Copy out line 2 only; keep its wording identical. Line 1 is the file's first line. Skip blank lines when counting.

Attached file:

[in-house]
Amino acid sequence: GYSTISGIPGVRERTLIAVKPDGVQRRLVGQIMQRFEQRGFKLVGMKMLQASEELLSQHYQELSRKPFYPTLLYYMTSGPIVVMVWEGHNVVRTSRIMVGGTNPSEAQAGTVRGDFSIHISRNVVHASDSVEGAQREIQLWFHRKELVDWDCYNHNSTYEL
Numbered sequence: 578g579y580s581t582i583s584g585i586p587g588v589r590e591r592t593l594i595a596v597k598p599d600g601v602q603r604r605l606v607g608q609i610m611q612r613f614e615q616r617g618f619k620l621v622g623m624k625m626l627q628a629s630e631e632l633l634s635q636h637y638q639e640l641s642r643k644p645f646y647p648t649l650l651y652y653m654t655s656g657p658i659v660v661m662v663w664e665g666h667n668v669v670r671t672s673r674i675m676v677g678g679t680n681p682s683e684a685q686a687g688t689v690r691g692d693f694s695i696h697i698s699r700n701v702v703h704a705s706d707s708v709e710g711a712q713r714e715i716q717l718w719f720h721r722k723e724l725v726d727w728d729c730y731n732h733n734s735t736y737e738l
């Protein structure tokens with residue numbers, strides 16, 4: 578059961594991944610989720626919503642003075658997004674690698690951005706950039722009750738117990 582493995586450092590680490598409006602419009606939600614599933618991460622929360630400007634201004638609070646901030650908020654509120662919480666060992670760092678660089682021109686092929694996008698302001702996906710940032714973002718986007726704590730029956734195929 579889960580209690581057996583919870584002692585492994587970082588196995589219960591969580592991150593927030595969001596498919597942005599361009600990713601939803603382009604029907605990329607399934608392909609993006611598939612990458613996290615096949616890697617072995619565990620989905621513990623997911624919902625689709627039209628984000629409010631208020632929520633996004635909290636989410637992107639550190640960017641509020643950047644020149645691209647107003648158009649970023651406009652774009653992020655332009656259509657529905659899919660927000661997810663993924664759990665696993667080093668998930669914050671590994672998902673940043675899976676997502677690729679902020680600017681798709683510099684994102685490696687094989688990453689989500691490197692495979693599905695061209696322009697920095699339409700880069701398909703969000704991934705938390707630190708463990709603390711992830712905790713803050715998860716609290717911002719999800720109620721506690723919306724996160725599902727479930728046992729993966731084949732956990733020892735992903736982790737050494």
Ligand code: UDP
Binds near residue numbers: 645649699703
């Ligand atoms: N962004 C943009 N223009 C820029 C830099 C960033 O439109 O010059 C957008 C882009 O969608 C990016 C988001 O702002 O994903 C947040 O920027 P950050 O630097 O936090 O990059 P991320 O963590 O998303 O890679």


Amino acid sequence: GYSTISGIPGVRERTLIAVKPDGVQRRLVGQIMQRFEQRGFKLVGMKMLQASEELLSQHYQELSRKPFYPTLLYYMTSGPIVVMVWEGHNVVRTSRIMVGGTNPSEAQAGTVRGDFSIHISRNVVHASDSVEGAQREIQLWFHRKELVDWDCYNHNSTYEL